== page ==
Using Data to Reduce Public Health Risk

By Jessica White, Public Health Scientist at Maricopa County DPH, and Vjollca Berisha, Senior Epidemiologist for Maricopa County DPH

Jessica White, DrPH, MS is the Public Health Scientist for the Maricopa County Department of Public Health. During her time at the county, her climate and health work has evolved from identifying heat-related illness within real-time hospital records to supporting community-generated plans for mitigating heat at neighborhood levels.

Vjollca Berisha, MD, MPH is the Senior Epidemiologist for the Maricopa County Department of Public Health. She leads a multidisciplinary team in the areas of communicable disease and heat-related illness. She also leads the Maricopa County Climate Change and Public Health Coalition. This partnership engages external community partners and academic institutions to co-lead the effort on climate and health moving forward.

Oct 31, 2019 | Environment, Society | 1 comment

Maricopa County (MC), Arizona experiences extreme weather, including heat waves, dust storms, drought, wildfires, flooding, and poor air quality events. These climate-sensitive hazards pose a threat to public health and can lead directly to illness, death, or worsening underlying health conditions. Maricopa County Department of Public Health (MCDPH), Office of Epidemiology has been conducting heat-associated morbidity/mortality surveillance since 2006, and extreme heat has become a public health priority as temperatures continue to rise. To combat the health risks associated with rising temperatures, the Maricopa Association of Governments (MAG) and the City of Phoenix formed the Heat Relief Network (HRN) in 2005. This collaborative created an innovative system of community cooling centers and water distribution stations throughout the county (Heat Relief Regional Network).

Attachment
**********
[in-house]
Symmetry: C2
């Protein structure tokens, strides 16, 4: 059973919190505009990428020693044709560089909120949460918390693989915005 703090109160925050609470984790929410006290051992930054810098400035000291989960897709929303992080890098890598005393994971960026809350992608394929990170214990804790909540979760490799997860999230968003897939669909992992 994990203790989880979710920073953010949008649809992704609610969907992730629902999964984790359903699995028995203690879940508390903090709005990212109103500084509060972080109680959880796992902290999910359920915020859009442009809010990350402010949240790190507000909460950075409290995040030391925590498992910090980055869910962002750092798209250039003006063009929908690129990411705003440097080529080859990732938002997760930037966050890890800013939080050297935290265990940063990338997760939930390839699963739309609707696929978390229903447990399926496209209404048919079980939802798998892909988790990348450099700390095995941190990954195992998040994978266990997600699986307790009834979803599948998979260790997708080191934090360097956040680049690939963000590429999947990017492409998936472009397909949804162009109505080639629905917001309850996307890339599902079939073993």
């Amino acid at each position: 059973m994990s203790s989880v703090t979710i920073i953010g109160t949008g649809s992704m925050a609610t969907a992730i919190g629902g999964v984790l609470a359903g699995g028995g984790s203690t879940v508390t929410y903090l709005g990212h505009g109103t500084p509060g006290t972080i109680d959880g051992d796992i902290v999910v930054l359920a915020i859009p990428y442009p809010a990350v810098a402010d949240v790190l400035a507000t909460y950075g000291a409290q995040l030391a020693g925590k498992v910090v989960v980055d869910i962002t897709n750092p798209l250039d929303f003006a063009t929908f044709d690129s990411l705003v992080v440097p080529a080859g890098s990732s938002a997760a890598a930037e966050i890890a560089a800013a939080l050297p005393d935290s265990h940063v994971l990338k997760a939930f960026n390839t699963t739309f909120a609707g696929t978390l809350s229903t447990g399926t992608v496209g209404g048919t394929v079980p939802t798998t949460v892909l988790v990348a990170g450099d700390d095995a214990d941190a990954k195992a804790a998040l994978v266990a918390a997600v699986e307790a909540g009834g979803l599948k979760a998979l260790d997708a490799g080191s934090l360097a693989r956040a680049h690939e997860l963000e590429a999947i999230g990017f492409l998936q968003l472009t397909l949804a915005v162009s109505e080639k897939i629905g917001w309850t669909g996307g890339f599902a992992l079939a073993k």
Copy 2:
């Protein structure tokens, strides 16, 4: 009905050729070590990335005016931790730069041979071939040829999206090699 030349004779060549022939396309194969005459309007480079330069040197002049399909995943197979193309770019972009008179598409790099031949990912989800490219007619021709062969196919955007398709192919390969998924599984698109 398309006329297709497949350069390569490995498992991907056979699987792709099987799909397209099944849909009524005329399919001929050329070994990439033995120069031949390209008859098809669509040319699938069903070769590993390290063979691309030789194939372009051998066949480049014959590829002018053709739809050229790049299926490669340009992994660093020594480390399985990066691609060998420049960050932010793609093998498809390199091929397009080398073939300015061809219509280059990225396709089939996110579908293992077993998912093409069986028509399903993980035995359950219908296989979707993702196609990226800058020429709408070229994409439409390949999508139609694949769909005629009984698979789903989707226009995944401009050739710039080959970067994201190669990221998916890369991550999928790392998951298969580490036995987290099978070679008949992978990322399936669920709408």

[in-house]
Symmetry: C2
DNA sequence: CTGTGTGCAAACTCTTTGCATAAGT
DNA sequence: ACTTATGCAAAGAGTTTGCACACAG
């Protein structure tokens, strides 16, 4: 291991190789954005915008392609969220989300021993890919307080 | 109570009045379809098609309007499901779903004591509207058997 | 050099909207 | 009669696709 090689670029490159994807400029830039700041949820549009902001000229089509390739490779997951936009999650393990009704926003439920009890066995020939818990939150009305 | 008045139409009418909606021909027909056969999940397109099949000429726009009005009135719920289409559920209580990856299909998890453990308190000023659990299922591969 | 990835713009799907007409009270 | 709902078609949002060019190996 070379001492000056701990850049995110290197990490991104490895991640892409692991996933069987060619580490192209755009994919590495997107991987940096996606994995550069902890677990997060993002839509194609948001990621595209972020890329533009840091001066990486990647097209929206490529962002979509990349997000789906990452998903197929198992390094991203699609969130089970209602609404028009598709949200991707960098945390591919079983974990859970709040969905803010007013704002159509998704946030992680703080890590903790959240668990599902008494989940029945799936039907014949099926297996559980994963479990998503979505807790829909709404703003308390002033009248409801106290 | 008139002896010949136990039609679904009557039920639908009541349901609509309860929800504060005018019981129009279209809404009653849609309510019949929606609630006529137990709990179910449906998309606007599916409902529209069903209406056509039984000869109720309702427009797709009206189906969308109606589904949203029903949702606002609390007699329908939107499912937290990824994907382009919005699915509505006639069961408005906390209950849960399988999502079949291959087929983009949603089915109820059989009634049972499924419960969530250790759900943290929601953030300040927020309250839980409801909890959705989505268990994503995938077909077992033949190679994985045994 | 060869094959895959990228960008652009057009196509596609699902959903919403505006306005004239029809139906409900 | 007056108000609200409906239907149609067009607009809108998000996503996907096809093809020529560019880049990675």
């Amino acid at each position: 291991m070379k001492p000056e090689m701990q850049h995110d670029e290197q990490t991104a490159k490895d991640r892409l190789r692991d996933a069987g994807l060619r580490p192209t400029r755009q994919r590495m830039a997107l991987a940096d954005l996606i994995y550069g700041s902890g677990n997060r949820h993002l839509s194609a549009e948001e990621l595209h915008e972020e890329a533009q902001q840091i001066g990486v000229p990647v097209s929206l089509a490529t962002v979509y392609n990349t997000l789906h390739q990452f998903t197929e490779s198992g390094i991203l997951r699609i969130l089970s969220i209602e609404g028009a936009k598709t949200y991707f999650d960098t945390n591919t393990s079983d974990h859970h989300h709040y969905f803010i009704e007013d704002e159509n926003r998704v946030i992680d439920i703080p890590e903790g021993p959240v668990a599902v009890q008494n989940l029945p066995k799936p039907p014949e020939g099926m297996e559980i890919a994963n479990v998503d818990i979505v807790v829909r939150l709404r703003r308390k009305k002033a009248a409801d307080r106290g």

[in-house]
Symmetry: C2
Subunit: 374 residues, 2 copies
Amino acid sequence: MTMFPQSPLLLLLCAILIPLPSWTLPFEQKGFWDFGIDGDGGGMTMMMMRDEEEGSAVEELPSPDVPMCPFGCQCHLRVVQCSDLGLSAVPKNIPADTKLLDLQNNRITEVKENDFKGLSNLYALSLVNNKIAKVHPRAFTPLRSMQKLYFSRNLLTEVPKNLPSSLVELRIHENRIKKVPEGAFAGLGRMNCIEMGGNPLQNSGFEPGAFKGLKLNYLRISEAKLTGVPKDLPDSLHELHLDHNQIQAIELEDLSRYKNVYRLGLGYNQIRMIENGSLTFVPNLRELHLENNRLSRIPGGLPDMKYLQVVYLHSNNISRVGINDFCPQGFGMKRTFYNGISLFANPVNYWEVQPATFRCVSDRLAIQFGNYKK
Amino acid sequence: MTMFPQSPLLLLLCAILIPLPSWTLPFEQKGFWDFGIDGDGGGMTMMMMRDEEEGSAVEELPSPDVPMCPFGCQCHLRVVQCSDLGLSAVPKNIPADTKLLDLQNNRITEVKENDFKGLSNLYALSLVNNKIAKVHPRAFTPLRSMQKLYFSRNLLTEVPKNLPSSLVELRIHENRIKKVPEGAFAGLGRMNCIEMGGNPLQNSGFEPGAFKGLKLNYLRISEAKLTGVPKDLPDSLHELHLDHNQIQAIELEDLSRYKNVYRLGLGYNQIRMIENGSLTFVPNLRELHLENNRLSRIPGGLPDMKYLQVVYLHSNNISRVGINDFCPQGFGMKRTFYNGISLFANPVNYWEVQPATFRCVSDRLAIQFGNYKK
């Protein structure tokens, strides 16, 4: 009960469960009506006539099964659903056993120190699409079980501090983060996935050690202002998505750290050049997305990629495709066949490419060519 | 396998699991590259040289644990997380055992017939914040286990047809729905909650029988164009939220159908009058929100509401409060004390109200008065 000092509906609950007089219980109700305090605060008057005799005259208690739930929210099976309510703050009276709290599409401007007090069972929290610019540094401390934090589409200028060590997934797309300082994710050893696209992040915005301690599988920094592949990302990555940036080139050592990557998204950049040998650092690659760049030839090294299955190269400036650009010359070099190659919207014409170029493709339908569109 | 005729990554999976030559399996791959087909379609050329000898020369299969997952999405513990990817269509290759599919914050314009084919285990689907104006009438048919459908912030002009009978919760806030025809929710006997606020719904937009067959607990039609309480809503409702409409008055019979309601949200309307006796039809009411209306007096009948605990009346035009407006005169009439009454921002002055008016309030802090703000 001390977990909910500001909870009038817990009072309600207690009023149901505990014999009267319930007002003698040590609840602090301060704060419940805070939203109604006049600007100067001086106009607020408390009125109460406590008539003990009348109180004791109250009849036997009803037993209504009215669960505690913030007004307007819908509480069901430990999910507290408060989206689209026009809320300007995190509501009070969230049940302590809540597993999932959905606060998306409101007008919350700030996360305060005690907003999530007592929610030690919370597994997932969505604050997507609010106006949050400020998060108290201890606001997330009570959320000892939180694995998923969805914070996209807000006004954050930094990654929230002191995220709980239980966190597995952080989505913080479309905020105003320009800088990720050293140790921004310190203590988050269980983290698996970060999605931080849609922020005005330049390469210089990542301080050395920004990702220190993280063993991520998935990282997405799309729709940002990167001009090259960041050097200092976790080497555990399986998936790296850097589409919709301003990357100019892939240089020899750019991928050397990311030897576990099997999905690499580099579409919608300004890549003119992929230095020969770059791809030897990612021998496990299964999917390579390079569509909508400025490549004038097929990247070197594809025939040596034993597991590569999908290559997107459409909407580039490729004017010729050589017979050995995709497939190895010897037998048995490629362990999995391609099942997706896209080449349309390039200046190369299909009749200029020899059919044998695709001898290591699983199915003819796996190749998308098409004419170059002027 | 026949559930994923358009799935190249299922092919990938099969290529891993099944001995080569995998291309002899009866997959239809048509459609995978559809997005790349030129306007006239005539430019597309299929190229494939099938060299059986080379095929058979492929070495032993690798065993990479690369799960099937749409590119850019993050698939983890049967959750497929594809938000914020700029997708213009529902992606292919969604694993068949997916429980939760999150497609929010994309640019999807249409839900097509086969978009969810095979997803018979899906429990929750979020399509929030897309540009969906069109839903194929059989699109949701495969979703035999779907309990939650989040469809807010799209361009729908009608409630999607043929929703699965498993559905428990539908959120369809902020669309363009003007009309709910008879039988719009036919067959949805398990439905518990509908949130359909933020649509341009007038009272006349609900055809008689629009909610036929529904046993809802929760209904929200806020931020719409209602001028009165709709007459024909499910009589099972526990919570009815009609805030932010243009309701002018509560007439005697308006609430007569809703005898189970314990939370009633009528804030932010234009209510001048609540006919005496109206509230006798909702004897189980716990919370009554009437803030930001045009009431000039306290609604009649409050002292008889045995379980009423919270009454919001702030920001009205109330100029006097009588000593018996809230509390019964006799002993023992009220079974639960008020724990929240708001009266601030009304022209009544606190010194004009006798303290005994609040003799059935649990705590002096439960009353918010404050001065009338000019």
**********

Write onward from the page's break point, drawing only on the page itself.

MC in Arizona is located in one of the hottest regions in the southwest. Over 4 million people (62% of the state’s population) reside in MC. The Phoenix metropolitan area is located at its center and includes more than 20 municipalities and three tribal communities. Each year, MC experiences extreme temperatures and continues to experience two to three weeks (cumulative) of excessive heat warnings issued by the National Weather Service. These temperatures result in an average of 100 heat-associated deaths each year. However, over the last three years, heat-associated deaths exceeded 150 each year (Graph 1) and the number of heat-associated injuries exceeded 2,000 each year.

Graph 1. Frequency of Heat-associated Deaths by Year, Maricopa County (2001-2018.